Initiative for Computational Catalysis

The Simons Foundation Initiative for Computational Catalysis is a new effort within the Flatiron Institute dedicated to the development and application of computational techniques enabling the rational design of more efficient and more affordable catalysts.

The Initiative for Computational Catalysis will combine research in electronic structure, molecular dynamics, and machine learning in order to enable meaningful, quantitative predictions of fundamental catalytic chemical reactions, especially those underlying the transition away from a fossil fuel-dependent economy, with impacts in the energy, pharmaceutical, and transportation industries. ICC will study both heterogeneous and homogeneous catalysis, including thermo-, electro-, and photocatalysis. The new theoretical developments will be systematically benchmarked against existing experimental data and in collaboration with experimental partner groups for previously unexplored directions. Technical advances in fundamental physical descriptions, mathematical structure, and software implementations will be advanced through collaborations with other centers of the Flatiron Institute.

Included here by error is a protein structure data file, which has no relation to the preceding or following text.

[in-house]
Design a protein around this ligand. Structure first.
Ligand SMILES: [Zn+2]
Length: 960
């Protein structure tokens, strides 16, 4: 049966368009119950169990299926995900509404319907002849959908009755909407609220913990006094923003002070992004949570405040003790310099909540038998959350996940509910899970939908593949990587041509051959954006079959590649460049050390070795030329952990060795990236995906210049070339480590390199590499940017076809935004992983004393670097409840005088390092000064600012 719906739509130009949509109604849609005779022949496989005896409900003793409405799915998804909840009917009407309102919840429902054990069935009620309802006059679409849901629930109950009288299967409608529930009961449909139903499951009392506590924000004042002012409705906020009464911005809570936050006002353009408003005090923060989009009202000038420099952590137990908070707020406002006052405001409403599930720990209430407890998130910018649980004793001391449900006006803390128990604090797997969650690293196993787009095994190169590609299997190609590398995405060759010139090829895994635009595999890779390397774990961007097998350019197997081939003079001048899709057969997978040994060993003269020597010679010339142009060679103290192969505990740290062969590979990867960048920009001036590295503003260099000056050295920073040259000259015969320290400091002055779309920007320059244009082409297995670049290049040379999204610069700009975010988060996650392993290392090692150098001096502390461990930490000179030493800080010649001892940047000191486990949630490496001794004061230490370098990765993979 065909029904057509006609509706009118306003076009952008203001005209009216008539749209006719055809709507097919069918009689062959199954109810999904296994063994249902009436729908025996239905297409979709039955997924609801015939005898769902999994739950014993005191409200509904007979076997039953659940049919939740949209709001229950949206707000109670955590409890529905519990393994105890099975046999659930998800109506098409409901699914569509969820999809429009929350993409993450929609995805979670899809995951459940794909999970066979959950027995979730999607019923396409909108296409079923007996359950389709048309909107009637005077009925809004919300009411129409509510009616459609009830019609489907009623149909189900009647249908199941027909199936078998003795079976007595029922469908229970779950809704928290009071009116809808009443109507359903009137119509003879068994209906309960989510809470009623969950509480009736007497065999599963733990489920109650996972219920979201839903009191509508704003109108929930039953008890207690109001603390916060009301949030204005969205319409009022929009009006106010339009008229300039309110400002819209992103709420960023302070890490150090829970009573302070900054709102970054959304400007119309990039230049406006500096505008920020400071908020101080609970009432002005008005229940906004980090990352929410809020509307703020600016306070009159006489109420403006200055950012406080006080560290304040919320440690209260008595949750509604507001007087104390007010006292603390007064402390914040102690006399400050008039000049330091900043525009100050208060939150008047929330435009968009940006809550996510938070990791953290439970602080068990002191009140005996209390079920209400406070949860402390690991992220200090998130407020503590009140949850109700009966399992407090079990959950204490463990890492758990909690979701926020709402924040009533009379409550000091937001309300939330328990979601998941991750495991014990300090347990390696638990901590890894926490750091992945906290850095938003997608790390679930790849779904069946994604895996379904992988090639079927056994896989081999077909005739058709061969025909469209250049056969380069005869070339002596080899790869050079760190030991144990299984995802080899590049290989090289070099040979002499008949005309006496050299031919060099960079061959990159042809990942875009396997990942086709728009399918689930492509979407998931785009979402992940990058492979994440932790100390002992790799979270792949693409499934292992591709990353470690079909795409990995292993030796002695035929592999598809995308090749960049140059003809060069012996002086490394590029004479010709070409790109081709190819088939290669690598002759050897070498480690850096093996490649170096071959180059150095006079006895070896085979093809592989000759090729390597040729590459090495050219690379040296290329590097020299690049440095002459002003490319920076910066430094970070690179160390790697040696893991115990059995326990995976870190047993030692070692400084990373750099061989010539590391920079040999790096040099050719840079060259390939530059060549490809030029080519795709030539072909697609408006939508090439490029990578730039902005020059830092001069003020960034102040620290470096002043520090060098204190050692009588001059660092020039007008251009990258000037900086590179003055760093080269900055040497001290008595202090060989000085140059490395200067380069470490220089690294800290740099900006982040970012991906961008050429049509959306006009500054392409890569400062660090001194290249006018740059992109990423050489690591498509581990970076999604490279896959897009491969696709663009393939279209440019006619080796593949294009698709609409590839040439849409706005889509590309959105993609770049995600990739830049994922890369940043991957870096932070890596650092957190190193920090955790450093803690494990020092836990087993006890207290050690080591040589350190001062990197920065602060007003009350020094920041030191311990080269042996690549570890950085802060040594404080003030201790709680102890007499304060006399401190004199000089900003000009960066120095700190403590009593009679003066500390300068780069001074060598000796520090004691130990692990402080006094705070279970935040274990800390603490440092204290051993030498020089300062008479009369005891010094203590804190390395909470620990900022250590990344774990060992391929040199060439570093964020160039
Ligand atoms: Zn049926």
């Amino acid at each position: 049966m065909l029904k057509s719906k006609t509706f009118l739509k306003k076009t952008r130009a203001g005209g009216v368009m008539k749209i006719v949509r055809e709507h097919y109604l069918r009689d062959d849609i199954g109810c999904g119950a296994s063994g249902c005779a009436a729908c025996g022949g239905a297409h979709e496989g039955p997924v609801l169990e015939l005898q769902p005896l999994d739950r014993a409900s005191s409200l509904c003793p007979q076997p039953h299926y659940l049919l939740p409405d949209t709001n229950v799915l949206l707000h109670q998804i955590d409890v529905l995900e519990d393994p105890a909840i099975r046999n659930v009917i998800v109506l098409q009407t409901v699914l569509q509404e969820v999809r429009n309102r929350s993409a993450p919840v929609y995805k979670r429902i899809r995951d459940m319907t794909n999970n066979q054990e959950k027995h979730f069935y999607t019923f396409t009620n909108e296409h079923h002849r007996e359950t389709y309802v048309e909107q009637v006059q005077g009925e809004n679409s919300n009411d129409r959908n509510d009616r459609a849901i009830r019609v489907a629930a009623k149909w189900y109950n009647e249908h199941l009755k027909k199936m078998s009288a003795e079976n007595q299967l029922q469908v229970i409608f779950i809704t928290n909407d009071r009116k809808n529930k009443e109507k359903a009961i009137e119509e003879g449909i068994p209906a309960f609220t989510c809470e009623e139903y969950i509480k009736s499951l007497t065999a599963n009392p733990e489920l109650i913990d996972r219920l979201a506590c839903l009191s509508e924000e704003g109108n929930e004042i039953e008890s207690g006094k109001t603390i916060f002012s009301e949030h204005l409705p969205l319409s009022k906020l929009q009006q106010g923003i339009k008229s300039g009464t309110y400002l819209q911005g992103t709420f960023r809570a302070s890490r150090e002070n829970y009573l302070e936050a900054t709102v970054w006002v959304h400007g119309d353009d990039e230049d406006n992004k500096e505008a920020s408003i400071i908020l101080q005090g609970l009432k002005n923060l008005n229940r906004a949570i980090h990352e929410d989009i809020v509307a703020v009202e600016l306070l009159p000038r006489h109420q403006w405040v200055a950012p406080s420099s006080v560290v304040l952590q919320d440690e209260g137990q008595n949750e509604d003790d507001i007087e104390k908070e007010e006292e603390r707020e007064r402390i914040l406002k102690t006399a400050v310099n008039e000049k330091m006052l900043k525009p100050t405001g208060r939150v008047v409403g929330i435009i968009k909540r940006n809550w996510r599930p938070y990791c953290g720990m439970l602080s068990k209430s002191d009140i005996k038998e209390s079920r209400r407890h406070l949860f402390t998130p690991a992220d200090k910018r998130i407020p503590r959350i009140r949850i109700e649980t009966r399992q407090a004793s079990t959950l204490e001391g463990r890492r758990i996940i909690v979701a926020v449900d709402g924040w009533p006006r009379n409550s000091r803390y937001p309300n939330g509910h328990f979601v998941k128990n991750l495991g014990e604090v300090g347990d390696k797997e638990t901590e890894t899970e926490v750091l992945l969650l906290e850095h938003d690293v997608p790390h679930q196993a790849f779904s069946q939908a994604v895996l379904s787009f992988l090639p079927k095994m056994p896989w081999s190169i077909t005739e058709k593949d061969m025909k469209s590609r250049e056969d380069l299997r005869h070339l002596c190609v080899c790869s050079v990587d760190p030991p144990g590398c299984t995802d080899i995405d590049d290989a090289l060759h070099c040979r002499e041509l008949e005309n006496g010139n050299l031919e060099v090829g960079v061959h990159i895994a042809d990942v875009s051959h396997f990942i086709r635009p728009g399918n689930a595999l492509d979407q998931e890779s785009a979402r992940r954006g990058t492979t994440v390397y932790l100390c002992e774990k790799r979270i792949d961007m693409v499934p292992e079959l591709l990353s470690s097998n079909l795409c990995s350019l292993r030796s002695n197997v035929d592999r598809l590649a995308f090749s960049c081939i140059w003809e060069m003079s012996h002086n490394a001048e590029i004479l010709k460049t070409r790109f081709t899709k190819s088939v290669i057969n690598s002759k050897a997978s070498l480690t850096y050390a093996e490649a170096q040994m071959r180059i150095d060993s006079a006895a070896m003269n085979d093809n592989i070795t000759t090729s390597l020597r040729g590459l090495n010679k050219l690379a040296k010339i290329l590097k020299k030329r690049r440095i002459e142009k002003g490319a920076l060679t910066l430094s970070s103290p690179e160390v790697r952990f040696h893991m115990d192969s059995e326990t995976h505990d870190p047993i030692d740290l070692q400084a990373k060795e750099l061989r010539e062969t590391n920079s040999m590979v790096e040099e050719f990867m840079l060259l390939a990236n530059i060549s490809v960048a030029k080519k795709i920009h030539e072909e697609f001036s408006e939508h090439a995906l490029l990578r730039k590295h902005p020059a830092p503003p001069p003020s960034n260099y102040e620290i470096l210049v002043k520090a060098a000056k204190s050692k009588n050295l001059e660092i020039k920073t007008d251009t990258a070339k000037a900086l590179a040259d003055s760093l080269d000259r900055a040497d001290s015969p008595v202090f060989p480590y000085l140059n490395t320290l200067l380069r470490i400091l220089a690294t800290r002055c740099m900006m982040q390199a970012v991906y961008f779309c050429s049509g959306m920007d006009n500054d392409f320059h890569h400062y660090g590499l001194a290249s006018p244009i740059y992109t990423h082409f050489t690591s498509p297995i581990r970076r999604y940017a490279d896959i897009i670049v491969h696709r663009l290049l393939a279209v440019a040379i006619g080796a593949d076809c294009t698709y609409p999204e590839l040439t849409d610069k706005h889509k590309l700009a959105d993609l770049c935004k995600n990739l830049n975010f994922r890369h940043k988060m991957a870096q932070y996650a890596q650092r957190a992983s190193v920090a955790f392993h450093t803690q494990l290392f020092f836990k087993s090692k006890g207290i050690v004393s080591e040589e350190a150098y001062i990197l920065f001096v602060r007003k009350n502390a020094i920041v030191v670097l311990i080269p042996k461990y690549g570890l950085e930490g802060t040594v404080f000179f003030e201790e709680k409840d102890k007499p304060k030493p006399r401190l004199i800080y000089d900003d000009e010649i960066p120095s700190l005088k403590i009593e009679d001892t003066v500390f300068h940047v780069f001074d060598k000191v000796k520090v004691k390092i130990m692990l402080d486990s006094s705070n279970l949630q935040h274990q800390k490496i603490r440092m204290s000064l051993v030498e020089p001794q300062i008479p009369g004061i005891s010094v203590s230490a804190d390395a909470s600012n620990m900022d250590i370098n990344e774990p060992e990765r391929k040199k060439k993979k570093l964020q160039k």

Job Openings

Associate Research Scientist/Research Scientist, Initiative for Computational Catalysis (ICC)

The Initiative for Computational Catalysis (ICC) of the Simons Foundation’s Flatiron Institute, invites applications for an Associate Research Scientist or Research Scientist. The initial appointment for an Associate Research Scientist is three years, with a possible extension of another three years. Research Scientist positions are not term-limited. Starting dates are flexible, typically between August 2024 and November 2024. Applications will be reviewed beginning in Fall 2023 and considered on a rolling basis until the positions are filled. For full consideration, application by December 8th, 2023 is recommended. Associate Research Scientists/Research Scientists at ICC are researchers who develop theoretical concepts, algorithms and codes, and apply these to obtain new insights into the electronic structure and dynamics of catalyzed chemical reactions.

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